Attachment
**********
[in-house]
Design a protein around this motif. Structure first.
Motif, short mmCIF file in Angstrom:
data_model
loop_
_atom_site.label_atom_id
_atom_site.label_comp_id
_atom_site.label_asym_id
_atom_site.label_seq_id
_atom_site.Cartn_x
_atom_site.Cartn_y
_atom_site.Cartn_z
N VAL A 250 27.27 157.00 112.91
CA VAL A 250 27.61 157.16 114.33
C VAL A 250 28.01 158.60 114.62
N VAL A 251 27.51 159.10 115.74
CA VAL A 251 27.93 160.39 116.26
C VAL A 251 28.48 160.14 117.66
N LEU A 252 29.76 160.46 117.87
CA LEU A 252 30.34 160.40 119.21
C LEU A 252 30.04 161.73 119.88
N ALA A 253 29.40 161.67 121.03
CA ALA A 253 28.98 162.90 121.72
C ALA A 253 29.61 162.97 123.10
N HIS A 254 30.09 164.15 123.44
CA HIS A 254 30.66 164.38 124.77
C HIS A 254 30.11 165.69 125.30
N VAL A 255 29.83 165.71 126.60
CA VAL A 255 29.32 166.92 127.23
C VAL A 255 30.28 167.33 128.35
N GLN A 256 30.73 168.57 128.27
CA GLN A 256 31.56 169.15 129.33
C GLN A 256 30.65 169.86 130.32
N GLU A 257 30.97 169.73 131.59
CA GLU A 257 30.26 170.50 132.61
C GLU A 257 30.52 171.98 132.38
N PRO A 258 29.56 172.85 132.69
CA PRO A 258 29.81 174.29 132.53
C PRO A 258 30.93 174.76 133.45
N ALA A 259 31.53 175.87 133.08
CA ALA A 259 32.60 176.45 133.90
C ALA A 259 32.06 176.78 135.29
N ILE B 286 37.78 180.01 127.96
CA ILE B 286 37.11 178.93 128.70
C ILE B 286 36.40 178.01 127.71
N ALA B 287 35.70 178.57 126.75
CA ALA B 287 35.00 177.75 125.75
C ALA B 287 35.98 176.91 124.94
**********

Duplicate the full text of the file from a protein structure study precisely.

[in-house]
Design a protein around this motif. Structure first.
Motif, short mmCIF file in Angstrom:
data_model
loop_
_atom_site.label_atom_id
_atom_site.label_comp_id
_atom_site.label_asym_id
_atom_site.label_seq_id
_atom_site.Cartn_x
_atom_site.Cartn_y
_atom_site.Cartn_z
N VAL A 250 27.27 157.00 112.91
CA VAL A 250 27.61 157.16 114.33
C VAL A 250 28.01 158.60 114.62
N VAL A 251 27.51 159.10 115.74
CA VAL A 251 27.93 160.39 116.26
C VAL A 251 28.48 160.14 117.66
N LEU A 252 29.76 160.46 117.87
CA LEU A 252 30.34 160.40 119.21
C LEU A 252 30.04 161.73 119.88
N ALA A 253 29.40 161.67 121.03
CA ALA A 253 28.98 162.90 121.72
C ALA A 253 29.61 162.97 123.10
N HIS A 254 30.09 164.15 123.44
CA HIS A 254 30.66 164.38 124.77
C HIS A 254 30.11 165.69 125.30
N VAL A 255 29.83 165.71 126.60
CA VAL A 255 29.32 166.92 127.23
C VAL A 255 30.28 167.33 128.35
N GLN A 256 30.73 168.57 128.27
CA GLN A 256 31.56 169.15 129.33
C GLN A 256 30.65 169.86 130.32
N GLU A 257 30.97 169.73 131.59
CA GLU A 257 30.26 170.50 132.61
C GLU A 257 30.52 171.98 132.38
N PRO A 258 29.56 172.85 132.69
CA PRO A 258 29.81 174.29 132.53
C PRO A 258 30.93 174.76 133.45
N ALA A 259 31.53 175.87 133.08
CA ALA A 259 32.60 176.45 133.90
C ALA A 259 32.06 176.78 135.29
N ILE B 286 37.78 180.01 127.96
CA ILE B 286 37.11 178.93 128.70
C ILE B 286 36.40 178.01 127.71
N ALA B 287 35.70 178.57 126.75
CA ALA B 287 35.00 177.75 125.75
C ALA B 287 35.98 176.91 124.94